If you’re looking for the best Trinidad food on the island, you must head down to Couva, a town in the central part of Trinidad. At Quan Kep’s Pork Shed, visitors can try various pork dishes, including blood sausage, Geera pork, pork wontons, and fried pork belly. The blood sausage is exceptional with its dense, crispy texture and combination of culantro, chilies, garlic, and bread.
Other dishes like the Geera pork are flavorful and tender with a mix of salt, pepper, and cumin. The fried pork belly has a great contrast of textures from crispy cracklings to meat to gelatinous fat. I also recommend their Venezuelan-style pork empanada and Trini bun with added pork. It’s a fatty, juicy, and decadent treat that any pork lover shouldn’t miss!
You can’t talk about phenomenal Trinidad food without mentioning Aunty Doll. This woman, based in Siparia in southern Trinidad, is a master of Trini cooking and is known as the queen of chulha. She cooks using a chulha, an earthen clay stove fueled by wood, which flavors the food. She cooks a wide range of dishes, including pholourie, saheena, dal puri, ham, curry duck, baigan choka, chulha curry chicken, coconut bake, and more.
Once she’s finished cooking, you eat everything on a banana leaf, similar to many meals in southern India. We had 13 different dishes in total. I couldn’t get enough of the pholourie, curry duck, saheena, and curried mango. The roasted coconut chutney had a smoky kick to it, which complemented everything I tried it with. The curried chataigne, curried stewed chicken (similar to jerk chicken), and spicy curry duck were all major highlights! It’s a Trinidad food experience you must experience!
When visiting islands in the Caribbean, it’s important to remember that exotic bush meats are a staple in Trinidad food. If you’re brave enough to try them, head up to Caura in the northern part of Trinidad. There, we watched locals prepare fish broth, curry goat, duck, and chicken pilau, along with more wild meats like curry iguana and curry armadillo.
They steamed both bush meats over stones by the river and added garlic, pepper, ginger, chadon beni, onions, and tomatoes to the iguana. Meanwhile, they cooked the armadillo with coconut milk, toasted cumin seeds, green habanero peppers, pimiento, onion, garlic, jeera, saffron, and curry powder. The gamy iguana was excellent, but the fattiness and creamy coconut flavor in the armadillo took it to another level. If you love great meat, you must try these dishes!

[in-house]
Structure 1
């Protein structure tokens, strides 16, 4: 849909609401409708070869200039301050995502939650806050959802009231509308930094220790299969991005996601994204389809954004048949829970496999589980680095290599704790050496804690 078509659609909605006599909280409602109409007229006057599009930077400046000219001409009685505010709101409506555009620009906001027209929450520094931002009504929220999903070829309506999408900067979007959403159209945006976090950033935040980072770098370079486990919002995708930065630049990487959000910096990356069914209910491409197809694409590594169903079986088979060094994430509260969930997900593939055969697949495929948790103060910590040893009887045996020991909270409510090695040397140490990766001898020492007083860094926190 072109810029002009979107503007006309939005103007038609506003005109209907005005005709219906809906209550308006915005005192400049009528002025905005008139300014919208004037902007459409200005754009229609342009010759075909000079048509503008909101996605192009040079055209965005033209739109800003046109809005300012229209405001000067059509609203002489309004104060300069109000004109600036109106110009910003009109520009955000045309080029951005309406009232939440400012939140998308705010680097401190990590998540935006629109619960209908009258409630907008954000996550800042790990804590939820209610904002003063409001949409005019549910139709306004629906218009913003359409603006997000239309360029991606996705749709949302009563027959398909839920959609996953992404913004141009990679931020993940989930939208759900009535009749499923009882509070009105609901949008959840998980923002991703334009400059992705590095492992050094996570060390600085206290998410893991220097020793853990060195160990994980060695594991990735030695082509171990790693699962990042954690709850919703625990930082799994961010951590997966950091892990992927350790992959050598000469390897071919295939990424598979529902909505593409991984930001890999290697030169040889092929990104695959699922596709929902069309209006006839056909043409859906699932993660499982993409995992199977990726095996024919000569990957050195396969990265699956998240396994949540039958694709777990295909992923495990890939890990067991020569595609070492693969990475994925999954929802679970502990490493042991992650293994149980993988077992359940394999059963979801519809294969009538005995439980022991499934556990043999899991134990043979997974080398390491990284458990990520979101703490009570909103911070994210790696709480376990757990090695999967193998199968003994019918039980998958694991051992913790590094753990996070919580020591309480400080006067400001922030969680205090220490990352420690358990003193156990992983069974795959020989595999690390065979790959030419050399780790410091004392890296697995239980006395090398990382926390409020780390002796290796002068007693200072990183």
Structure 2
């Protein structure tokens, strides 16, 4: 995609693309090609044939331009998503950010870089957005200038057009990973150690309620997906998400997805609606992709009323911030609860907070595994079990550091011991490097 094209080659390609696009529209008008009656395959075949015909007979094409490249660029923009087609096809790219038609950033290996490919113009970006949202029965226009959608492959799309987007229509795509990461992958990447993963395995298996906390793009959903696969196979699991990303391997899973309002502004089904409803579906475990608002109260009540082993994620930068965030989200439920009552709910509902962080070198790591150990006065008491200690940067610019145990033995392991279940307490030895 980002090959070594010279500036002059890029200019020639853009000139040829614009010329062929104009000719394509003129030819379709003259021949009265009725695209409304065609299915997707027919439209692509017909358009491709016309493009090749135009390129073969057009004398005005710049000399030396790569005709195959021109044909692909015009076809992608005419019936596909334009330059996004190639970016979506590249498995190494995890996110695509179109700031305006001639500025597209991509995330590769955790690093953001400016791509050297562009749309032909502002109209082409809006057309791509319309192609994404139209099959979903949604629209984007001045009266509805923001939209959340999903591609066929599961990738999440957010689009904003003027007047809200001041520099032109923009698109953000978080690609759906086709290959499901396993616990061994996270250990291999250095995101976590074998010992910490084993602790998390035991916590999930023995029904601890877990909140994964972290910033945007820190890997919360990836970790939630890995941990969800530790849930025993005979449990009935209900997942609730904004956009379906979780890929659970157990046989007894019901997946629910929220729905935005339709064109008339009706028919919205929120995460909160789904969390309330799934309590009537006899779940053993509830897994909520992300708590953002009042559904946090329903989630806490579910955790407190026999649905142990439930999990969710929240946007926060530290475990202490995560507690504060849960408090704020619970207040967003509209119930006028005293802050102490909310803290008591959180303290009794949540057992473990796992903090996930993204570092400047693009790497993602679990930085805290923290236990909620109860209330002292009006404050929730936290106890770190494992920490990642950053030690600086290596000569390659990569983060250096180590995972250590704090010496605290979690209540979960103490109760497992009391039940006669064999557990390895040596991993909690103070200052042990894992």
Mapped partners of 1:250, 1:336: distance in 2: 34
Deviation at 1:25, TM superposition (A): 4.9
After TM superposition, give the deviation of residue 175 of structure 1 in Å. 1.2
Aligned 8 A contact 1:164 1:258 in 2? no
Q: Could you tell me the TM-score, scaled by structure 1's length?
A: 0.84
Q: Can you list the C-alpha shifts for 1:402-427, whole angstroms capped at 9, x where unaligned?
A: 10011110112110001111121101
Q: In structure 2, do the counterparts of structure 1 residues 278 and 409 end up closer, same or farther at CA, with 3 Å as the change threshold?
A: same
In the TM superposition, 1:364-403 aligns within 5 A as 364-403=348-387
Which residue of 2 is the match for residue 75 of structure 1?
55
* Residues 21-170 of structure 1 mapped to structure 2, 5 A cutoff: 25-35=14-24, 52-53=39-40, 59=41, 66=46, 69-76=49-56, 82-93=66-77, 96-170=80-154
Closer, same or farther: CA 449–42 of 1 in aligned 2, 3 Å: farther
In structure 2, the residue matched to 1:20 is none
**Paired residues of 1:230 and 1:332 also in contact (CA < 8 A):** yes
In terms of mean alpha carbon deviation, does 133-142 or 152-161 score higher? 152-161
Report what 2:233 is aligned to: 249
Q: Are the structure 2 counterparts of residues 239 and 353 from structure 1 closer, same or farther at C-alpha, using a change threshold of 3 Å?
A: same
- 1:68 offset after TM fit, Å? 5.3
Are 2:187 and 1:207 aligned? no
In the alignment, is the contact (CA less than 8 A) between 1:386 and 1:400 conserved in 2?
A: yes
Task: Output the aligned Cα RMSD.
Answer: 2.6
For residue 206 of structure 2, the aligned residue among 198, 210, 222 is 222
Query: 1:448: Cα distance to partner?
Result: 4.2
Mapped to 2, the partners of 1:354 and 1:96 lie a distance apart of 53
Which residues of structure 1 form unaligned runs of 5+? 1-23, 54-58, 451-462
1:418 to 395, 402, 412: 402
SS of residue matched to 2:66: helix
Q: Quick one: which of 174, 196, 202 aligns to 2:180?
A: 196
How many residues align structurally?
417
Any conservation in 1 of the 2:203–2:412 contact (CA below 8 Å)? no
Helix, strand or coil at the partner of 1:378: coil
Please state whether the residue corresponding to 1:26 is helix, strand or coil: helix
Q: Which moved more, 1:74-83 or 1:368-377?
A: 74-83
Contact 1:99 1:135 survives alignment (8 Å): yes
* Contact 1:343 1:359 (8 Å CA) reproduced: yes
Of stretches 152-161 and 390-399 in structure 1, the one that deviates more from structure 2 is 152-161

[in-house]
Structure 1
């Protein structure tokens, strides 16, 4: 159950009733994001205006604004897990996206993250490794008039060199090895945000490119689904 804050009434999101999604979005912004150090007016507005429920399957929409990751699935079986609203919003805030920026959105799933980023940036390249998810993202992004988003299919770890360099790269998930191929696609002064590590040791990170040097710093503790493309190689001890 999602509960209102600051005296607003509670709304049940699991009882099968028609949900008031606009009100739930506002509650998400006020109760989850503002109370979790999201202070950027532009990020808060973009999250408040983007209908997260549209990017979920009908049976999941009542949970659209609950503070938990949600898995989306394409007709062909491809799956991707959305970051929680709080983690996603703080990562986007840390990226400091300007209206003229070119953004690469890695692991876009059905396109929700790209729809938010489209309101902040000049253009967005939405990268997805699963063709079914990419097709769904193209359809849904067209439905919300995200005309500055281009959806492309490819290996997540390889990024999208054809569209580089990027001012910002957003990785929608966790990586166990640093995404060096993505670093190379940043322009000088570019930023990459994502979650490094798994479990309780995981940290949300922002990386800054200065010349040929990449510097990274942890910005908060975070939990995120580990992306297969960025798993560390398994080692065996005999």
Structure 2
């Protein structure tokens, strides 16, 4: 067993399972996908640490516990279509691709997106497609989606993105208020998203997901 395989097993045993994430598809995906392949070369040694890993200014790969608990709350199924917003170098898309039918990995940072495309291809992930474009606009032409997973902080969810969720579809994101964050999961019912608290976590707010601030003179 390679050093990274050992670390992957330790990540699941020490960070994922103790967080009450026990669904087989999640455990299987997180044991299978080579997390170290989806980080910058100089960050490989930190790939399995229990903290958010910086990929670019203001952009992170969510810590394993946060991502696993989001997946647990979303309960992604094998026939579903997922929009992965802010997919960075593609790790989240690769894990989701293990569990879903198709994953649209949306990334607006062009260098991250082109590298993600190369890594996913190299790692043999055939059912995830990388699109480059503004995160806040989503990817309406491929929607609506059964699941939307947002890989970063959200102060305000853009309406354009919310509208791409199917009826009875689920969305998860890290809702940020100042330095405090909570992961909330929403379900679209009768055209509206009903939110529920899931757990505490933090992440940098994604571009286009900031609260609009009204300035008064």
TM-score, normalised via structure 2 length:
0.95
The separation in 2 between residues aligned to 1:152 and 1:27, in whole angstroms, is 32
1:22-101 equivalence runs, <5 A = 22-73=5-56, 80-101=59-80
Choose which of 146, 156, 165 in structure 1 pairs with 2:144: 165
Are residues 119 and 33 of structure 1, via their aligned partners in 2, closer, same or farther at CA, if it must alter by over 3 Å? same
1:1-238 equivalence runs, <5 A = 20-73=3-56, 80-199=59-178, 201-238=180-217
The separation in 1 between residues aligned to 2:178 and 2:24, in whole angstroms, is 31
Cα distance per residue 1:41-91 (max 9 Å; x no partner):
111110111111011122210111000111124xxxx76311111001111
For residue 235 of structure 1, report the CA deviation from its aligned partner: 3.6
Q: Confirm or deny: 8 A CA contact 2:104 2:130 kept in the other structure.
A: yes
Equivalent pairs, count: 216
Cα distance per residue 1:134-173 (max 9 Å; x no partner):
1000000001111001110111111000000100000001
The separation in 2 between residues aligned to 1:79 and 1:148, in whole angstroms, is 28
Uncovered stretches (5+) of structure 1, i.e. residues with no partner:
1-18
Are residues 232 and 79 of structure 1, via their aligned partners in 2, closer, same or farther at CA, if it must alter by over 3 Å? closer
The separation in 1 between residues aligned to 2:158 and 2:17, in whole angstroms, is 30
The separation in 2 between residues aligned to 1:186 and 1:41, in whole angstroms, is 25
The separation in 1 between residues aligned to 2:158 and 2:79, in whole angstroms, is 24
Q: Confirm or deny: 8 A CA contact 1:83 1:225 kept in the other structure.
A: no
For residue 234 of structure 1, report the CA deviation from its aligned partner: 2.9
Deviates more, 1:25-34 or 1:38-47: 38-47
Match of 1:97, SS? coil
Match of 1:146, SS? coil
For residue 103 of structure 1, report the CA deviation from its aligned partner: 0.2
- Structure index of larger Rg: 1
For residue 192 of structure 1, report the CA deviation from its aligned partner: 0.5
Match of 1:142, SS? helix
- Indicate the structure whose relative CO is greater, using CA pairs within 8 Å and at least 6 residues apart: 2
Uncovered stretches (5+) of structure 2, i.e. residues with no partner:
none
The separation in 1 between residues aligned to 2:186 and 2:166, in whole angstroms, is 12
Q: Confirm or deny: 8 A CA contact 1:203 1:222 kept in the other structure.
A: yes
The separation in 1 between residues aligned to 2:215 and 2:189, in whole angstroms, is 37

When asking about the best Trinidad food on the island, The Cross in San Fernando is sure to come up. This location in southern Trinidad is a street filled with over two dozen street food vendors selling a variety of foods, including chicken, burgers, seafood, and more. Check out Naldo’s Peri Peri Grill for their savory peri peri chicken and smoky Cajun fries.
The Big Man Ting burger and Big Man Ting hot dog at Irie Dawgz are massive. Both come topped with chili, nacho chips, several sauces, and cheese. At ‘D’ Cabin, you can try juicy and smoky chicken with tamarind sauce and garlic sauces added to their fries. My personal favorite was the buttery lobster at SeaFood Boil TT. It’s succulent, sweet, and a fantastic late-night treat. Don’t miss the decadent Oreo cheesecake milkshake at Cheesecake House if you have room for dessert!
The world of Trinidad food is vast and varied, and it’s easy to see just how special the cuisine is by visiting the island. Each of these incredible locations offers a unique peek into the island’s food culture.
From doubles and fried pies to curry armadillo to pork and fresh seafood, there’s no shortage of explosive flavors to explore. Book a trip to the Caribbean to experience the wonders of Trinidad food for yourself!